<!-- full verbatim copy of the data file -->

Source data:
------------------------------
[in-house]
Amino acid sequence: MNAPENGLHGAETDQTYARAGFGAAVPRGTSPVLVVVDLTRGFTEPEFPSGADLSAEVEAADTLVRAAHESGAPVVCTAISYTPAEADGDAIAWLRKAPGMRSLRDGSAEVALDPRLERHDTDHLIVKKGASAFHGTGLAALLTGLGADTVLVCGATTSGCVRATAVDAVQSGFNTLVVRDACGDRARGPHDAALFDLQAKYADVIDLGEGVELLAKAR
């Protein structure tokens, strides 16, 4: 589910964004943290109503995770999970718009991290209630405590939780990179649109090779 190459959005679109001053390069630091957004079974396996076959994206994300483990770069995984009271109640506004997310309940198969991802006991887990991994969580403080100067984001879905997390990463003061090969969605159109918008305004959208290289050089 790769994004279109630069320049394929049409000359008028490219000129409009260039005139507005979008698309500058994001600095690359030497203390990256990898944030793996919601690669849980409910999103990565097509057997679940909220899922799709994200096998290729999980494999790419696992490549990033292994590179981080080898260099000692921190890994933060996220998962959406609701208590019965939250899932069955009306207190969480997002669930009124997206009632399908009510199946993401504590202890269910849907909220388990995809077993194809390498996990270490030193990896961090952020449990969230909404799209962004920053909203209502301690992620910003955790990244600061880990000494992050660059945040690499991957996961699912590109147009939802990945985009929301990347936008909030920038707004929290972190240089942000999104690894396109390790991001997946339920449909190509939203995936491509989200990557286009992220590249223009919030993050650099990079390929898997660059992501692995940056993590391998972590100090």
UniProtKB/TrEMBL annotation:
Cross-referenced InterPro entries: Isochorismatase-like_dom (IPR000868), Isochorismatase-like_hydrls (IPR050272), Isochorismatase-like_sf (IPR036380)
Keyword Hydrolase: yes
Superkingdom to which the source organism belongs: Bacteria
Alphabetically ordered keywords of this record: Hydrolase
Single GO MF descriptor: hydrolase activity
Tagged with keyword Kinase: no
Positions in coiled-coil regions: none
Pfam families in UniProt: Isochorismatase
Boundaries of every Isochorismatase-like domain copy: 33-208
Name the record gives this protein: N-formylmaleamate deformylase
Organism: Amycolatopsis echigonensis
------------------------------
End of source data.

[in-house]
Amino acid sequence: MNAPENGLHGAETDQTYARAGFGAAVPRGTSPVLVVVDLTRGFTEPEFPSGADLSAEVEAADTLVRAAHESGAPVVCTAISYTPAEADGDAIAWLRKAPGMRSLRDGSAEVALDPRLERHDTDHLIVKKGASAFHGTGLAALLTGLGADTVLVCGATTSGCVRATAVDAVQSGFNTLVVRDACGDRARGPHDAALFDLQAKYADVIDLGEGVELLAKAR
């Protein structure tokens, strides 16, 4: 589910964004943290109503995770999970718009991290209630405590939780990179649109090779 190459959005679109001053390069630091957004079974396996076959994206994300483990770069995984009271109640506004997310309940198969991802006991887990991994969580403080100067984001879905997390990463003061090969969605159109918008305004959208290289050089 790769994004279109630069320049394929049409000359008028490219000129409009260039005139507005979008698309500058994001600095690359030497203390990256990898944030793996919601690669849980409910999103990565097509057997679940909220899922799709994200096998290729999980494999790419696992490549990033292994590179981080080898260099000692921190890994933060996220998962959406609701208590019965939250899932069955009306207190969480997002669930009124997206009632399908009510199946993401504590202890269910849907909220388990995809077993194809390498996990270490030193990896961090952020449990969230909404799209962004920053909203209502301690992620910003955790990244600061880990000494992050660059945040690499991957996961699912590109147009939802990945985009929301990347936008909030920038707004929290972190240089942000999104690894396109390790991001997946339920449909190509939203995936491509989200990557286009992220590249223009919030993050650099990079390929898997660059992501692995940056993590391998972590100090």
UniProtKB/TrEMBL annotation:
Cross-referenced InterPro entries: Isochorismatase-like_dom (IPR000868), Isochorismatase-like_hydrls (IPR050272), Isochorismatase-like_sf (IPR036380)
Keyword Hydrolase: yes
Superkingdom to which the source organism belongs: Bacteria
Alphabetically ordered keywords of this record: Hydrolase
Single GO MF descriptor: hydrolase activity
Tagged with keyword Kinase: no
Positions in coiled-coil regions: none
Pfam families in UniProt: Isochorismatase
Boundaries of every Isochorismatase-like domain copy: 33-208
Name the record gives this protein: N-formylmaleamate deformylase
Organism: Amycolatopsis echigonensis